Bridges on Aurora

What is Aurora?

is an Ethereum Virtual Machine (EVM) on the NEAR Protocol blockchain. It delivers a turn-key solution for developers to operate their apps on an Ethereum-compatible, high-throughput, scalable, and future-safe platform with low transaction costs for their users.

How to connect MetaMask wallet?

Step-by-step guide you’ll find here:

💡 A little tip! If you open and choose the Aurora network, you can automatically add the Aurora network to your MetaMask wallet. Just follow our guide:

Aurora Bridges

There are three bridges you can use to transfer tokens to/from Aurora.

📍 Rainbow bridge
📍 Multichain

Bridges features

Types of token transfer


How does it work?

The transfer steps are the following

  1. Connect wallet on Blockchain A.
  2. Complete Send transaction.
  3. Connect wallet on Blockchain B.
  4. Complete Receive transaction.

There are several types of token transfer possible with Allbridge

  1. Send Native tokens and receive Native tokens.
  2. Send Native tokens and receive Wrapped (or minted) tokens.
  3. Send Wrapped (or minted) tokens and receive Native tokens.
  4. Send Wrapped (or minted) tokens and Receive Wrapped (or minted) tokens.

4 entities in the cross-chain token transfer process

  1. User — EOA (Externally Owned Account) / Wallet from which the token X is transferred from one chain to another.
  2. Blockchain A smart contract — a smart contract on the Source blockchain which receives transfer requests from the User.
  3. Blockchain B smart contract — a smart contract on the Destination blockchain, which accepts the input from the User.
  4. Validator — a server that is responsible for verifying Lock, Unlock, Mint, and Burn transactions on the bridge smart contracts.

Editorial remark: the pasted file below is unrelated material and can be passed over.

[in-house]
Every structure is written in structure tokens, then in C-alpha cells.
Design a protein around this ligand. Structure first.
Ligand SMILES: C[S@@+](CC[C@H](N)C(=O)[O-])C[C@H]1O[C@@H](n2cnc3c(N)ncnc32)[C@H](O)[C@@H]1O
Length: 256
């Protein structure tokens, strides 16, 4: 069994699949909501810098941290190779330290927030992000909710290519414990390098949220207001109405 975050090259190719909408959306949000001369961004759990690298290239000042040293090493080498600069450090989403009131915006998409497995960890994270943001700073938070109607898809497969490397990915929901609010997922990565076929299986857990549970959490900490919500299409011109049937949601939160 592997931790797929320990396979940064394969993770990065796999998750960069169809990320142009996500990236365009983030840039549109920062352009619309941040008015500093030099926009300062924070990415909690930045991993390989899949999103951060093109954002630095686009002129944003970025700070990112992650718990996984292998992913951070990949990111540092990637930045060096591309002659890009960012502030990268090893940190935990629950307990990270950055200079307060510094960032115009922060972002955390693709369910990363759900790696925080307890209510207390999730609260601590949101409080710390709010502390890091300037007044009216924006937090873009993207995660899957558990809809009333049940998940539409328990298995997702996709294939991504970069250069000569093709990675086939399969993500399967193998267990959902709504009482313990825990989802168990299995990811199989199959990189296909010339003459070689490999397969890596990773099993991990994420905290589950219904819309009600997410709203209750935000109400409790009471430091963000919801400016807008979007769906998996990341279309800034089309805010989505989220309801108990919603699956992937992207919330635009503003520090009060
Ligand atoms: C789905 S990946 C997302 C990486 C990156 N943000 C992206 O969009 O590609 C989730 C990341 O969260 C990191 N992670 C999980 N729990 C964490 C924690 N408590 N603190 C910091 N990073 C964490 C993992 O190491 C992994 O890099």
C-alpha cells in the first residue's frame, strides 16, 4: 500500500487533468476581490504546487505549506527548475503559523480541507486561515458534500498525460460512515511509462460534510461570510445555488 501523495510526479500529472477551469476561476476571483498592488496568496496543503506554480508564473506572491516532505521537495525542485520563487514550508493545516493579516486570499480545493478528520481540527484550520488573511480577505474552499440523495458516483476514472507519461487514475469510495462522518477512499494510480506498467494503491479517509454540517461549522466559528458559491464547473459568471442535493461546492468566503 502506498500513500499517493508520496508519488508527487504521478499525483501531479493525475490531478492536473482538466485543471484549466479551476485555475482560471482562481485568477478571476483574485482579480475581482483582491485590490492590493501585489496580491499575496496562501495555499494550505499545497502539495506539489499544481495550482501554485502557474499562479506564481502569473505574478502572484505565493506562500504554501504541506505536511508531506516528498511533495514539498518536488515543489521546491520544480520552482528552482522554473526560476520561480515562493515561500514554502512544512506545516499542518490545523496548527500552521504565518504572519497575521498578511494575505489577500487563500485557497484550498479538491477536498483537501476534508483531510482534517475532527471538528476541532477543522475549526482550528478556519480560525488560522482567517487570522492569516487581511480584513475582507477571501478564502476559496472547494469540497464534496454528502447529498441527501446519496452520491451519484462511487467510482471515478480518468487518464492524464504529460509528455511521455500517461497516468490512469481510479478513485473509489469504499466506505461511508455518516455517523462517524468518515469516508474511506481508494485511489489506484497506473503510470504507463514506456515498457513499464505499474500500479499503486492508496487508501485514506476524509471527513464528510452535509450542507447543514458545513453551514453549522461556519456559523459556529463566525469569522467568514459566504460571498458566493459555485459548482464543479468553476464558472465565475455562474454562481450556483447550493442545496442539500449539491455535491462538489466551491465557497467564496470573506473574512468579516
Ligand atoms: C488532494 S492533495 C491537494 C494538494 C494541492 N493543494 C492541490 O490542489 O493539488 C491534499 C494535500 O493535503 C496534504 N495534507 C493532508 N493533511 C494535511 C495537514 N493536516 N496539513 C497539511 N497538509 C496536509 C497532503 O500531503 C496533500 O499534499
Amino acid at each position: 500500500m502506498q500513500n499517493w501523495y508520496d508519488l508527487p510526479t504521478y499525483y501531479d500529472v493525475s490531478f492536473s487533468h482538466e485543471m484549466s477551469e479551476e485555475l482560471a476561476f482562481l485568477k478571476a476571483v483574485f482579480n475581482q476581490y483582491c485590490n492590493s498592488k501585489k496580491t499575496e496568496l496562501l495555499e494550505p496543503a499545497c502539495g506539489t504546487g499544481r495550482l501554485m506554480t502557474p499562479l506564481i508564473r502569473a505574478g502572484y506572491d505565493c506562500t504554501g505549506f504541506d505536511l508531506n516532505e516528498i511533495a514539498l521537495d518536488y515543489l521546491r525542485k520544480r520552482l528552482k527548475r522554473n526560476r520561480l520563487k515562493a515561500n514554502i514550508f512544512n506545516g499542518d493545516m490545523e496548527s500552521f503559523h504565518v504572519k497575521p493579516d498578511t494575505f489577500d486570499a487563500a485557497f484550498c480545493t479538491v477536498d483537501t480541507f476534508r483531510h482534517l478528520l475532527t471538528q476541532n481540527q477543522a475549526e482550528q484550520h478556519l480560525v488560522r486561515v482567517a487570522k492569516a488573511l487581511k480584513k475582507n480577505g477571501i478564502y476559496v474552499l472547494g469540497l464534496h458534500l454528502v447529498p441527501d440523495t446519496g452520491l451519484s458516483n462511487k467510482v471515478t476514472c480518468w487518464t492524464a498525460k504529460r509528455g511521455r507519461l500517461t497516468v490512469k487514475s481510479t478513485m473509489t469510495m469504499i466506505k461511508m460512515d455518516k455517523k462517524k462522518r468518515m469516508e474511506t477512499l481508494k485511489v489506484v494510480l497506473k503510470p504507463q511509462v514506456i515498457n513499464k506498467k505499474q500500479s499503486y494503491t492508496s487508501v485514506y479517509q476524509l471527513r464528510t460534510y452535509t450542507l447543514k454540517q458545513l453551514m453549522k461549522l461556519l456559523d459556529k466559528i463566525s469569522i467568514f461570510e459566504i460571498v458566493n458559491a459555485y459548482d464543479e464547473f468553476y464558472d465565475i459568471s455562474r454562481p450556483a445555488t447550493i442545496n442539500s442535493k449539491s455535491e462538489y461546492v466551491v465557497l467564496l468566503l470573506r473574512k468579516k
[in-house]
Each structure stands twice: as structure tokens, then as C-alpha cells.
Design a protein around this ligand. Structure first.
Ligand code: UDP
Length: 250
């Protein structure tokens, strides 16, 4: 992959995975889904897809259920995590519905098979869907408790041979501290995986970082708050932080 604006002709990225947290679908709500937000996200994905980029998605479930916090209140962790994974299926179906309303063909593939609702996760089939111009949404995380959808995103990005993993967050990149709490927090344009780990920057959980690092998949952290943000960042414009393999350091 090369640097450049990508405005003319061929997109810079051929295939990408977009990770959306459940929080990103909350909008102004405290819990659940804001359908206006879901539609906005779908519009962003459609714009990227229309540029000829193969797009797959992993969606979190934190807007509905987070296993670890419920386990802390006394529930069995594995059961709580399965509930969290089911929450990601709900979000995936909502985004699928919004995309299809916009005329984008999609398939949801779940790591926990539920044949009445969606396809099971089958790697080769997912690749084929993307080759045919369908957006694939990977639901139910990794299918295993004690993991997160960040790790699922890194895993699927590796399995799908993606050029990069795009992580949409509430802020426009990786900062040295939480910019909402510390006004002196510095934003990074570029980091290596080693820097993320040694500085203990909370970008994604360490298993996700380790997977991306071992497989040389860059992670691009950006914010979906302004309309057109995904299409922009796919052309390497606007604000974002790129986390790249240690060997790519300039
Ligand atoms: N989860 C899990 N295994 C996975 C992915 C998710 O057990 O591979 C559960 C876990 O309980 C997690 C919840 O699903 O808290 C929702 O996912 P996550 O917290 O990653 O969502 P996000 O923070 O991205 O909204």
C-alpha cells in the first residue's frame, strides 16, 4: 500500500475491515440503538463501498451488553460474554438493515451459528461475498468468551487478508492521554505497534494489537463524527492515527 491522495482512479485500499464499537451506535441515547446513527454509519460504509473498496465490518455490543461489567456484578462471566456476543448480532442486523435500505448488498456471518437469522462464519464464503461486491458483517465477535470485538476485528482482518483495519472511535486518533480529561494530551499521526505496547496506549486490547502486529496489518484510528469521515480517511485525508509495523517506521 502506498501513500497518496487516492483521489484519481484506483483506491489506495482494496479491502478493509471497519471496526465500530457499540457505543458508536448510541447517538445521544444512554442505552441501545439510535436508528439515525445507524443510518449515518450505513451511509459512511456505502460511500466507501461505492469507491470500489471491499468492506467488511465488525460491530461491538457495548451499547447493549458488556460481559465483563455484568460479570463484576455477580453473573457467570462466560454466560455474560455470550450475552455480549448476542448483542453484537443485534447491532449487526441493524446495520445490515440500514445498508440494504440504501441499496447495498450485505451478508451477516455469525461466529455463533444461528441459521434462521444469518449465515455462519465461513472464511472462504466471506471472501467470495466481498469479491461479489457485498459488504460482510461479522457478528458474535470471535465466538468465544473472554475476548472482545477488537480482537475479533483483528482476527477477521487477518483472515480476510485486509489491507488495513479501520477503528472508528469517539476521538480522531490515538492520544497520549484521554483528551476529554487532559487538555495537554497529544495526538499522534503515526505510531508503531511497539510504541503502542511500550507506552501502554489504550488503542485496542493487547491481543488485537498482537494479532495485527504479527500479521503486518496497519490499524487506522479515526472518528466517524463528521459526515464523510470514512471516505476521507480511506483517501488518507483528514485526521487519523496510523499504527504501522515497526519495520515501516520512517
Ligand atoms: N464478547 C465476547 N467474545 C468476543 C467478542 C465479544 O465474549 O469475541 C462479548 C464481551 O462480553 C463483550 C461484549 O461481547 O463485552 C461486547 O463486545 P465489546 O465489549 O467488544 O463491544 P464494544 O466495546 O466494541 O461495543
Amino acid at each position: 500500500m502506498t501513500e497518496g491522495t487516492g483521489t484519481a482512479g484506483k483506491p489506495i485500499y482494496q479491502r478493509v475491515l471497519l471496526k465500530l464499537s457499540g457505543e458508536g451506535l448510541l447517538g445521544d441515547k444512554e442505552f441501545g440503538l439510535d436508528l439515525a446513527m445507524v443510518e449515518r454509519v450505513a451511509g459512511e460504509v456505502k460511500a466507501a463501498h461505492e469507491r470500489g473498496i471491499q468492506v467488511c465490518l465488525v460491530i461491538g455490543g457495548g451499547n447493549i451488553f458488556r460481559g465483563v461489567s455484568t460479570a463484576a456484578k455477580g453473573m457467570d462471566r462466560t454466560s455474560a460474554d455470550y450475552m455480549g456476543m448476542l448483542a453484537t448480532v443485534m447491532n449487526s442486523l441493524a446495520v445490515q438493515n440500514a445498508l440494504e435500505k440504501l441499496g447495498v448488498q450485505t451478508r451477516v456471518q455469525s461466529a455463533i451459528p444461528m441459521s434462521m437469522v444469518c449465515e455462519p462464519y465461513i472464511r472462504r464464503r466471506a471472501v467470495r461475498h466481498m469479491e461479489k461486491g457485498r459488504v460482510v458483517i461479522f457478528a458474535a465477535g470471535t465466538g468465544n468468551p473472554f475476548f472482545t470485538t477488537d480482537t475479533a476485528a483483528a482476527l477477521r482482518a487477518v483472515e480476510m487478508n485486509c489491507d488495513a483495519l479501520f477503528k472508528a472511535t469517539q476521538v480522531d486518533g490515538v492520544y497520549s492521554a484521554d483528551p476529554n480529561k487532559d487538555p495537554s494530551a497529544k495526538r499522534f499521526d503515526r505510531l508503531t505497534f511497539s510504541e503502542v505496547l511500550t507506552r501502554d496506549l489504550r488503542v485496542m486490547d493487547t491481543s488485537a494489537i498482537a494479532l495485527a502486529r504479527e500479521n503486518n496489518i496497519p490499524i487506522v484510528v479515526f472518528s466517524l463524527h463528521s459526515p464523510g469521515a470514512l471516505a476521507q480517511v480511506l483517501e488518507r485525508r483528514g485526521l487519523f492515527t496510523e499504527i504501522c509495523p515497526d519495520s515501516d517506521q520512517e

Example. Send Native tokens from Blockchain A and receive Wrapped (or minted) tokens on Blockchain B

The user needs to Complete 2 transactions: Send transaction on the Source blockchain and Receive transaction on the Destination blockchain.

  1. With the Send transaction, the User sends a request to the Blockchain A smart contract, where specifies the address of the wallet on the Blockchain B and the X tokens that must be sent to Blockchain B.
  2. Blockchain A smart contract locks the received tokens from the User and creates a request log.
  3. With the Receive transaction, the User asks Validator to check the request log.
  4. Validator checks if funds were actually locked in the Blockchain A smart contract.
  5. If they were, the Validator sends its signature to the User.
  6. If they were not, the Validator replies with the message “Transaction is not found”.
  7. User sends the signature to the Blockchain B smart contract.
  8. Blockchain B smart contract mints the requested amount of wX tokens and sends them to the User right away.

Read about 3 more transfer types here.

How to bridge to Aurora with Allbridge?

📌 Following our step-by-step guide from this link.

Rainbow Bridge

How does it work?

Lite Client
This is like a blockchain node, except that it only stores block headers, dramatically reducing the storage space needed. The LiteNode is implemented as a smart-contract, and we have two of them — one deployed on the Ethereum network, which stores NEAR block headers, and one deployed on NEAR which stores Ethereum block headers.

Since LiteNodes are smart contracts, they can’t run and update themselves. Relayers are scripts running on traditional servers, that periodically read blocks from one blockchain, and communicate them to the LiteNode running on the other. So the relayers keep the LiteNodes up-to-date.